Did you know that the core technology at the heart of apps like Uber and Lyft is a relatively lesser known cloud-based communication platform called Twilio? Read on!
Sramana Mitra: Let’s introduce our audience to yourself as well as Twilio to begin with.
Jeff Lawson: I’m the CEO and Co-founder of Twilio. Twilio is communication-as-a-service. What we do is we allow companies to use our communication infrastructure running in the cloud to build and innovate applications that they need to communicate. Customers span companies from the Fortune 500 to innovative startups like Airbnb and Uber. They use Twilio’s communication capabilities to fundamentally create a better customer experience that closes the loop in some kind of application that needs to talk to human beings. Our mission is to migrate 150 years of telecommunications history – that 150 year old hardware – into a future that is in software. That’s where we see the future of communications going.
Sramana Mitra: Let’s double-click on some of your customers who are building on top of your platform. Let us do some customer use cases. I think that would really get us deeper into the technology as well as the business model.
Jeff Lawson: Let’s look at call centers. Companies constantly need to communicate with customers. In fact, when you contact the company, it’s oftentimes one of the most critical points in your experience working with that company. Maybe they’re trying to close a sale with you, or maybe they’re having trouble with their product. Leading companies are using Twilio to build a great customer experience within the call center using Twilio instead of turning to a monolithic solution based on hardware. Companies are turning to Twilio and doing their own software and running it in the cloud. The benefit they get is being able to iterate quickly.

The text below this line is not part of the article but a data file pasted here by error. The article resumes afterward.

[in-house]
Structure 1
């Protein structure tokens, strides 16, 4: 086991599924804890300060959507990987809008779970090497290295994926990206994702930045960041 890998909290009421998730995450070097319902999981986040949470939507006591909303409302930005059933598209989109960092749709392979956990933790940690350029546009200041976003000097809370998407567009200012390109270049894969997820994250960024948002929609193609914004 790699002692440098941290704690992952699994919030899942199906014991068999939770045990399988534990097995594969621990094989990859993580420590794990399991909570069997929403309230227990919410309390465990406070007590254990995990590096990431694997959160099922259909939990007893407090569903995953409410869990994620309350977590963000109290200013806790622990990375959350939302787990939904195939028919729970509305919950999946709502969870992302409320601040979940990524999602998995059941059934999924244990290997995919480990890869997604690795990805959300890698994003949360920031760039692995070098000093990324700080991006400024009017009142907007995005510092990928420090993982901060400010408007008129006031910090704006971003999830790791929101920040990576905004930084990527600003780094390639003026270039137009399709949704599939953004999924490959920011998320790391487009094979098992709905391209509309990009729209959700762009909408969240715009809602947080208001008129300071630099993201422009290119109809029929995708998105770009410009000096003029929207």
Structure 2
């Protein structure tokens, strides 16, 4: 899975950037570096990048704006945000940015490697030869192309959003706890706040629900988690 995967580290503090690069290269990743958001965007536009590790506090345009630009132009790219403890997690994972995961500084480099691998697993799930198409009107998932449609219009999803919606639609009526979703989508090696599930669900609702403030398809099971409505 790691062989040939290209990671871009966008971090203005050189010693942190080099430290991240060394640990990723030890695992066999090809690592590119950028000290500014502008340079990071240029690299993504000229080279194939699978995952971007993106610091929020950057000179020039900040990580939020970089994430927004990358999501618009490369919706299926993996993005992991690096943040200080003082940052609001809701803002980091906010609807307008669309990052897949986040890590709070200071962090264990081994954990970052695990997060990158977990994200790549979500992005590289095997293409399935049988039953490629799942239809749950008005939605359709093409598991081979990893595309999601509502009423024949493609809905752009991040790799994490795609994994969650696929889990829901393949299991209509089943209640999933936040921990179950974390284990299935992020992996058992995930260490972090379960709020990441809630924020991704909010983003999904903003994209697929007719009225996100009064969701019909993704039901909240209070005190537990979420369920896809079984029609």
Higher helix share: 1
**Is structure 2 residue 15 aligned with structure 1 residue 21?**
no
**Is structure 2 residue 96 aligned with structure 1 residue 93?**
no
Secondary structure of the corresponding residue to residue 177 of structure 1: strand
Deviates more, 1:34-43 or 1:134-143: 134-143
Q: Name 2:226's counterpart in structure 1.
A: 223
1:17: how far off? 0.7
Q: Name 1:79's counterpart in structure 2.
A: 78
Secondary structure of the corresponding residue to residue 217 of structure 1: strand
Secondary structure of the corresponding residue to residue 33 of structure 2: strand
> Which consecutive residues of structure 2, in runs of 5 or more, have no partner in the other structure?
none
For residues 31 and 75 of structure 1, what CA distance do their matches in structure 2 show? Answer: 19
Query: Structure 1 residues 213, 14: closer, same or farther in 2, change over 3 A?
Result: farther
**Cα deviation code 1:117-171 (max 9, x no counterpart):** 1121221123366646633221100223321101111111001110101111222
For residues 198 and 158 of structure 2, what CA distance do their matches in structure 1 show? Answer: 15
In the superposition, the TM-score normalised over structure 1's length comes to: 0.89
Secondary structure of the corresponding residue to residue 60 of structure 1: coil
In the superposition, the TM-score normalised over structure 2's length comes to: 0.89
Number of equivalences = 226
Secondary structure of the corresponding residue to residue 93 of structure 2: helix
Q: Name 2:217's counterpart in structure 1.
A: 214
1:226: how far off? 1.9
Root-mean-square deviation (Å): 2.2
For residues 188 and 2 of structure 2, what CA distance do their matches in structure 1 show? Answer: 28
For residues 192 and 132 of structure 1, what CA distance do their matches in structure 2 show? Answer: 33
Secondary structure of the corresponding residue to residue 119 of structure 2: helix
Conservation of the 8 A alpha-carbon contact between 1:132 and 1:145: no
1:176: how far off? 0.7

Home Depot is one of our customers here. When they needed a new call center to service customers, they looked at their options. They knew how to do it the old way by going out and buying a multi-million dollar solution with Cisco, and spending 18 to 24 months deploying it. The problem with that, other than the time and expense, is also the fact that at the end of that road, they don’t really have a solution that’s flexible. You’re stuck with what your vendors sold you as a pre-packaged solution. They were able to build a call center using our building blocks. They were able to deploy it in just two months. Instead of two years, it goes down to two months. The savings of time and of what it took to build and deploy something is massive. Instead of spending millions of dollars upfront, they instead spend dozens of dollars upfront because Twilio is not a capital expenditure. Our pricing is pay-as-you-go. Scales down to early days of prototyping and scales up based on how much you use.
In addition to savings, the best part of what Home Depot was able to do with Twilio was their ability to iterate rapidly after they were done. Two months in, they had the first version up and running. This software gives agility and flexibility. What Twilio is doing is bringing that flexibility and agility to the world of communications.